Donald Trump trial date set for porn star hush money claims

Donald Trump trial date set for porn star hush money claims

Former US president Donald Trump will stand trial starting April 15 over criminal charges relating to alleged hush money payments to cover up an affair.

The decision from a New York judge means it is the first of four criminal cases against Trump to reach trial, despite his efforts to have the case postponed.

The trial, initially set for Monday, had been in limbo after a last-minute release of documents caused a postponement of the original date.

The case centres on hush-money payments made in 2016 to two women who alleged that they had extramarital encounters with Trump, who has denied their accounts of his infidelity.

Setting jury selection for April 15, Justice Juan Merchan dismissed claims by Trump’s legal team of “prosecutorial misconduct," over the release of tens of thousands of pages of records from a federal probe.

Prosecutors said only a handful of those newly released records were relevant to the case, while defence lawyers contended that thousands of pages are potentially important and require a painstaking review.

Donald Trump comments as he leaves the pre-trial hearing (AP)
Donald Trump comments as he leaves the pre-trial hearing (AP)

Justice Merchan ruled Trump "will not suffer any prejudice" from the recent provision of material and the prosecutors who turned it over were not at fault.

Outside the courtroom, Trump complained about the ruling, characterising the case as an act of "election interference" in the midst of his presidential campaign.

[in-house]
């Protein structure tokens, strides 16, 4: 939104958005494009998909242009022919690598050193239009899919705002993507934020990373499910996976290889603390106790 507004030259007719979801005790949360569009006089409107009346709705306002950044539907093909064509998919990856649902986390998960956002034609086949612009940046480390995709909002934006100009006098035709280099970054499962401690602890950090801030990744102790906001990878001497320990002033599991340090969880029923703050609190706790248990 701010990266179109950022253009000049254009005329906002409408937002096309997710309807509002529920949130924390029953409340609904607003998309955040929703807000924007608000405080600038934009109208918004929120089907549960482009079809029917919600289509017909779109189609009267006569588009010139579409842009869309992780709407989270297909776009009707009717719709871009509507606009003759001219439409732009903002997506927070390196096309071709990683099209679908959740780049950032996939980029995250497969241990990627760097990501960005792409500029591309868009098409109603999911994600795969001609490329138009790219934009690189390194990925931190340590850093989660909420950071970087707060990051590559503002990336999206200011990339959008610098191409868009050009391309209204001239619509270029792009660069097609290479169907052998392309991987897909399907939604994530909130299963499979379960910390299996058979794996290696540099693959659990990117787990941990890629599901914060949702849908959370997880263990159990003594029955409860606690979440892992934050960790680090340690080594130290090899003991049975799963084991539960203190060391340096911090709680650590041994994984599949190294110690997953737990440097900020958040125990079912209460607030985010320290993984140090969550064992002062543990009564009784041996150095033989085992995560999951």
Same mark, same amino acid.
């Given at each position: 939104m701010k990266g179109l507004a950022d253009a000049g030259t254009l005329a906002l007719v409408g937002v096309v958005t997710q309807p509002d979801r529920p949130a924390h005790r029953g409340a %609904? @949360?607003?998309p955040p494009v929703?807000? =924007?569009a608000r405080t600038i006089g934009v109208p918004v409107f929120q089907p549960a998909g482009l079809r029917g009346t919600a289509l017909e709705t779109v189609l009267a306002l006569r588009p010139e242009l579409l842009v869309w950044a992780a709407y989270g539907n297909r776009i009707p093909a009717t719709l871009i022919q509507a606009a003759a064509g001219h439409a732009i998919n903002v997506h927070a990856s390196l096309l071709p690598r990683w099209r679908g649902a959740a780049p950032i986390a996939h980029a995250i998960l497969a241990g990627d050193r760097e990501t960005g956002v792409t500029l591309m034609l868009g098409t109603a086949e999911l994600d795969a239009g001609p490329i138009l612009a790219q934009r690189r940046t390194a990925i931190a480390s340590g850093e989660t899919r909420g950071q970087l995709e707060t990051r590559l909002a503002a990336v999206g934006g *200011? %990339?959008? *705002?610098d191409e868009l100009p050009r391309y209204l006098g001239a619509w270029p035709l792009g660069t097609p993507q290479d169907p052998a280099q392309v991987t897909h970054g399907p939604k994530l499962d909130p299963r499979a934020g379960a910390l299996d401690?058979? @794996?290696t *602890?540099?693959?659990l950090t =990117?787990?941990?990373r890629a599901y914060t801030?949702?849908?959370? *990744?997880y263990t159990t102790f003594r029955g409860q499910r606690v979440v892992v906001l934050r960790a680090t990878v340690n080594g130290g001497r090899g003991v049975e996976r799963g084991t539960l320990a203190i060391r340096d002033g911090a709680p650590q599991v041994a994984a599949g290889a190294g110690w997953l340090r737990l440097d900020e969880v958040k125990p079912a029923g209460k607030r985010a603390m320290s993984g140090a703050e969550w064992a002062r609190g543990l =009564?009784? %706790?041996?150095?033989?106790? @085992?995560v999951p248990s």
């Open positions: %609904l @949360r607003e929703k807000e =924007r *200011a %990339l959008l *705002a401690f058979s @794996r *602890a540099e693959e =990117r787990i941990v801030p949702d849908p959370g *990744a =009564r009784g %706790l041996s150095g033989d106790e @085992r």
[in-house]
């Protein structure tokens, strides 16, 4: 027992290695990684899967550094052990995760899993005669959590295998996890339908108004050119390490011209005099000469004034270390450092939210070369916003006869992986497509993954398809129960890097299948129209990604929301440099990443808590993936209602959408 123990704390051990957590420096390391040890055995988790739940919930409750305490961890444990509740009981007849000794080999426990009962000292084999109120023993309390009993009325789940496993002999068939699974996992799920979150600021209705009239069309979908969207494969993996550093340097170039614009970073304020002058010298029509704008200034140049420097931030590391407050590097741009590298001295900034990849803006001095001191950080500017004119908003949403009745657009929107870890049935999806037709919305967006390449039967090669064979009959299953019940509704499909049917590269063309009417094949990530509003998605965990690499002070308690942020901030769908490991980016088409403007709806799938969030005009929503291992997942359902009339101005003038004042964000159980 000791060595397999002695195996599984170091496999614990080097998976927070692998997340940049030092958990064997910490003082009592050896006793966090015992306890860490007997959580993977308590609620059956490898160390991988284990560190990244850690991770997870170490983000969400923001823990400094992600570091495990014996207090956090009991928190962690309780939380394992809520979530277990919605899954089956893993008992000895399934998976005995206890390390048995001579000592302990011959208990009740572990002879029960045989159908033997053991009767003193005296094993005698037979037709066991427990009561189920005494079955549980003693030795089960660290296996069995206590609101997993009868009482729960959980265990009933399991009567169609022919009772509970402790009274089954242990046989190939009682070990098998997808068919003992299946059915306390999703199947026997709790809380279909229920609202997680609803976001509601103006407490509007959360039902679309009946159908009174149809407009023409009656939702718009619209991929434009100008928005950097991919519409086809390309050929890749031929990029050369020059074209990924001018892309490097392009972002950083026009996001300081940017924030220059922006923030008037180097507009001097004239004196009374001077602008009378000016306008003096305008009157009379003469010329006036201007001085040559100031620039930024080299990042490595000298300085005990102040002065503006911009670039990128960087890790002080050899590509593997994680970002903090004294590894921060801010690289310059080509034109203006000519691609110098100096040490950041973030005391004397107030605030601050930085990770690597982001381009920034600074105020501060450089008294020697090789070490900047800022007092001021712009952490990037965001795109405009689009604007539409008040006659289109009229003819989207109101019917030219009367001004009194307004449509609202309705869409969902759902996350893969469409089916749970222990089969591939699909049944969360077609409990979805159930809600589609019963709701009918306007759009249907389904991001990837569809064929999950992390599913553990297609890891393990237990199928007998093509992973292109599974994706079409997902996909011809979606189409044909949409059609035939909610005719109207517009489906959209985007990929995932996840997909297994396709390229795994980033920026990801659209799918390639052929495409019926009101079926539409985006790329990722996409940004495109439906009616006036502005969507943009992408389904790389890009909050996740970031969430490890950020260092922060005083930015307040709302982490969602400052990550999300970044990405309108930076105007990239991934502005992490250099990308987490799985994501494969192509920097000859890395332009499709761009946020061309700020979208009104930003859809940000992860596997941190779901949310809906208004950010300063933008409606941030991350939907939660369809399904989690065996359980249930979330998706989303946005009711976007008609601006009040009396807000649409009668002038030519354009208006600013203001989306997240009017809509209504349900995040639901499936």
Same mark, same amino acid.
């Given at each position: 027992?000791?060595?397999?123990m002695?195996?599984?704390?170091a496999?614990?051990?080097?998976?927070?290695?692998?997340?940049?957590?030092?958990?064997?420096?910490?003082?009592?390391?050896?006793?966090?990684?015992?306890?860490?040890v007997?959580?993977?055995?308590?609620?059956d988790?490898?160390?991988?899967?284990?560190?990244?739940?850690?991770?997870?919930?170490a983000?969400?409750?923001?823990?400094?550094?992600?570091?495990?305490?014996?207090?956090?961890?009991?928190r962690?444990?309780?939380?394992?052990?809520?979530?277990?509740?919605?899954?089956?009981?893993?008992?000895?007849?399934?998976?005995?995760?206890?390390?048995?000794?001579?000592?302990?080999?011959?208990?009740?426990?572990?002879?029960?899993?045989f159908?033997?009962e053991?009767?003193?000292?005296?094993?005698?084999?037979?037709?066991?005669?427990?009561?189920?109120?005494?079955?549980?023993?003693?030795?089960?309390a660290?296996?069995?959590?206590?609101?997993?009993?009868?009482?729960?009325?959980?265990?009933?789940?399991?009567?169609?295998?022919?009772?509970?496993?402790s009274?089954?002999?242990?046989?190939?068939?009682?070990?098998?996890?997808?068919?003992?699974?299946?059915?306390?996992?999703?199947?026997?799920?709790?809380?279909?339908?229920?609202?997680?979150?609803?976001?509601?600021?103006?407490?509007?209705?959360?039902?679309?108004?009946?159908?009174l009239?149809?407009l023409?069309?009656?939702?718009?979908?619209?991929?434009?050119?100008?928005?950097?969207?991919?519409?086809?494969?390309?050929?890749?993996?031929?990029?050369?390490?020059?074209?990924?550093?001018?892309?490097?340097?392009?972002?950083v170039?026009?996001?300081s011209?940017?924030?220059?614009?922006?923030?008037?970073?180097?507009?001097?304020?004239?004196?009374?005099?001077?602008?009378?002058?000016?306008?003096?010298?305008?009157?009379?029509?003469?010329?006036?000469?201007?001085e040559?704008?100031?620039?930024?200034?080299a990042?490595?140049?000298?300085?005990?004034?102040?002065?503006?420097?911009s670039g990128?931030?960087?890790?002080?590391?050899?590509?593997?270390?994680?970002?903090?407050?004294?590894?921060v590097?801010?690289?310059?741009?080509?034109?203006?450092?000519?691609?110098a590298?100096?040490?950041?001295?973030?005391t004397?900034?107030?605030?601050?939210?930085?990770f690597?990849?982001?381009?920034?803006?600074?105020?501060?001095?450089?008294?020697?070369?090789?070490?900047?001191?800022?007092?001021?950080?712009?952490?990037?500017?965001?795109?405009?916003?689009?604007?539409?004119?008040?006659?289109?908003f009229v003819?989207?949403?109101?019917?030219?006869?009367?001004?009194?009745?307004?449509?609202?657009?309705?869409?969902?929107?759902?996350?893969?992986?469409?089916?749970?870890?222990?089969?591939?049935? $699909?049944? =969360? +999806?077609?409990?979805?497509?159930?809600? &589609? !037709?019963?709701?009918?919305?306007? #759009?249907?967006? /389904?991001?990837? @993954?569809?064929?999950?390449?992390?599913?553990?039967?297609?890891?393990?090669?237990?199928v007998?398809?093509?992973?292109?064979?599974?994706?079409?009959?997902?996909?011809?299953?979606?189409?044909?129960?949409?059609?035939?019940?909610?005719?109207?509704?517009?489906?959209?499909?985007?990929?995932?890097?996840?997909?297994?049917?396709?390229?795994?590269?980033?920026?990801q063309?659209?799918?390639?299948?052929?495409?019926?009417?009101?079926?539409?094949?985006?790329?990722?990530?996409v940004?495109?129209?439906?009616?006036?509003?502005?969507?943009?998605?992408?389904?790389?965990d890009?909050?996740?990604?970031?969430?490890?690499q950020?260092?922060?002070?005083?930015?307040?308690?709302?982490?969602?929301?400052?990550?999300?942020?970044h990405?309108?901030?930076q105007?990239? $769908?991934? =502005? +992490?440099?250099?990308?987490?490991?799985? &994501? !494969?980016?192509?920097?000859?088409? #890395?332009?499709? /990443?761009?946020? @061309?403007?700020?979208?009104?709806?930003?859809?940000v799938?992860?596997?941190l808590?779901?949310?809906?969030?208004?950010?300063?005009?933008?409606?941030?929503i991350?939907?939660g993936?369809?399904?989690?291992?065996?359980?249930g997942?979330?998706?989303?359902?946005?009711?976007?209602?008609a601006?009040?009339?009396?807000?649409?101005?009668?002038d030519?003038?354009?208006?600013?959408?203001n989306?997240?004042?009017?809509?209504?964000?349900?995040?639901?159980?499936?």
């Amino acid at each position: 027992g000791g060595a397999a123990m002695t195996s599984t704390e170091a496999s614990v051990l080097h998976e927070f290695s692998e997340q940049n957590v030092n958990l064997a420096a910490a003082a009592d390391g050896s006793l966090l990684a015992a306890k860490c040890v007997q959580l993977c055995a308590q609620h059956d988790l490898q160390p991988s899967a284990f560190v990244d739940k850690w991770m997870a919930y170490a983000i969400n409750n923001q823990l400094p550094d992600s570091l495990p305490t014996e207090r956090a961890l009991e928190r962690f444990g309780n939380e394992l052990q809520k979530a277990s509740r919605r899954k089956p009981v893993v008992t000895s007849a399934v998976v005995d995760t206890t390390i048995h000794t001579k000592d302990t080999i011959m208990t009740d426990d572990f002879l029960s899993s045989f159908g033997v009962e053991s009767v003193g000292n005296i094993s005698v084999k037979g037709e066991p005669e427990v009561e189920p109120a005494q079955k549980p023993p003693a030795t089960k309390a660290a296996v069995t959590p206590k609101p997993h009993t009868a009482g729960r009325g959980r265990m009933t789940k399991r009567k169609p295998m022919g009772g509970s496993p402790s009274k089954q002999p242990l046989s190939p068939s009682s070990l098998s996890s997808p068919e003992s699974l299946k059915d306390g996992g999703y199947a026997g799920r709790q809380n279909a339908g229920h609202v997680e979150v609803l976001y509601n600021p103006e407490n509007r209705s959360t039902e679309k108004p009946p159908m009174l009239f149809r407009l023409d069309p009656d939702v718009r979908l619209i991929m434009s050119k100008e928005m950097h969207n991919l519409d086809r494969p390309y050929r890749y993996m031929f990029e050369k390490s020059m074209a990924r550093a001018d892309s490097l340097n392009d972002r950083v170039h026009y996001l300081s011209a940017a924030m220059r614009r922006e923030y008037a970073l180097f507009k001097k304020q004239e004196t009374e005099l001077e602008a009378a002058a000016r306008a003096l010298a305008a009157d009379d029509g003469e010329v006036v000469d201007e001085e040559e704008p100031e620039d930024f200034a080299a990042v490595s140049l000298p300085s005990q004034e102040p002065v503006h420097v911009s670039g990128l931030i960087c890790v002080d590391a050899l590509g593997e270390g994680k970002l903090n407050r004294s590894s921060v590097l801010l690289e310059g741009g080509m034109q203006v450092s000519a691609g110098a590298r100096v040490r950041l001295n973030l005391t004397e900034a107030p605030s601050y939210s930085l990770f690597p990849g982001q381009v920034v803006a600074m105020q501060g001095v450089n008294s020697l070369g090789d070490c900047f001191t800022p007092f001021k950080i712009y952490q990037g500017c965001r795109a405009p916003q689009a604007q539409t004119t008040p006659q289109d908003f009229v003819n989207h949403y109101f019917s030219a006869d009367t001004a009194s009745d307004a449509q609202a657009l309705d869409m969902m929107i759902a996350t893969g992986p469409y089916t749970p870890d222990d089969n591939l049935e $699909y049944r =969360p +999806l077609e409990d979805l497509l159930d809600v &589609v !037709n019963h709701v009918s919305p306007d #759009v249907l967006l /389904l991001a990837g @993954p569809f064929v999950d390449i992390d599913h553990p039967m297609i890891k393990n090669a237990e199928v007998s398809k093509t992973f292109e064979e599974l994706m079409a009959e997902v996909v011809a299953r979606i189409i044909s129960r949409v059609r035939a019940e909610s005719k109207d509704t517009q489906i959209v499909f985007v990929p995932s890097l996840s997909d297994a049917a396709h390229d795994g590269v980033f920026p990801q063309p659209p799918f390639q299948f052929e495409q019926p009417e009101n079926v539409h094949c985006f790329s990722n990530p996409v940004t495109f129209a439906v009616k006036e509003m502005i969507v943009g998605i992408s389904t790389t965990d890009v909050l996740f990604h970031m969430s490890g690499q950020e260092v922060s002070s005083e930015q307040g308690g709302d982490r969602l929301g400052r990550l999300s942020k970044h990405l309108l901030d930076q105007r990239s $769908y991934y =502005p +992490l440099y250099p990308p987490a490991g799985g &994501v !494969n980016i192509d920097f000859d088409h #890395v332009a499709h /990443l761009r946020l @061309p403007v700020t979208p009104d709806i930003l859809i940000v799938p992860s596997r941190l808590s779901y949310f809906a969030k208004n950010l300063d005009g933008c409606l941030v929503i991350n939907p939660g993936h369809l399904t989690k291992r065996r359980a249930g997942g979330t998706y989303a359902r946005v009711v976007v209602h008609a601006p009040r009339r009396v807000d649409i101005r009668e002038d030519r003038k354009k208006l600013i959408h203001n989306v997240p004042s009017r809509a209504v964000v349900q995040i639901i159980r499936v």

"This is a case that could have been brought three and a half years ago,” he said.

“And now they're fighting over days because they want to try and do it during the election. This is election interference. That's all it is. Election interference and it's a disgrace.”

The hearing took place on a consequential day for Trump's legal affairs, with a New York appeals court separately agreeing to hold off collection of his $454 million civil fraud judgement.

In that case, Trump - the likely Republican challenger to Joe Biden in November’s presidential election - was found to have deceived banks and insurers for years by inflating his wealth on financial statements used to secure loans and make deals.

In two other prosecutions, he is charged with conspiring to overturn the results of the 2020 presidential election and illegally retaining classified documents.

Prosecutors allege that Trump falsely logged $130,000 in payments as legal fees in his company's books, which actually went to Michael Cohen, Trump's then-personal attorney.

Prosecutors say this was to reimburse him for money he had paid porn actor Stormy Daniels on Trump's behalf, so she wouldn't publicise her claim of a sexual encounter with him years earlier.

Trump's lawyers say the payments to Cohen were legitimate legal expenses, not ‘hush money’.

Mr Cohen pleaded guilty in 2018 to federal charges, including campaign finance violations related to the Daniels payoff.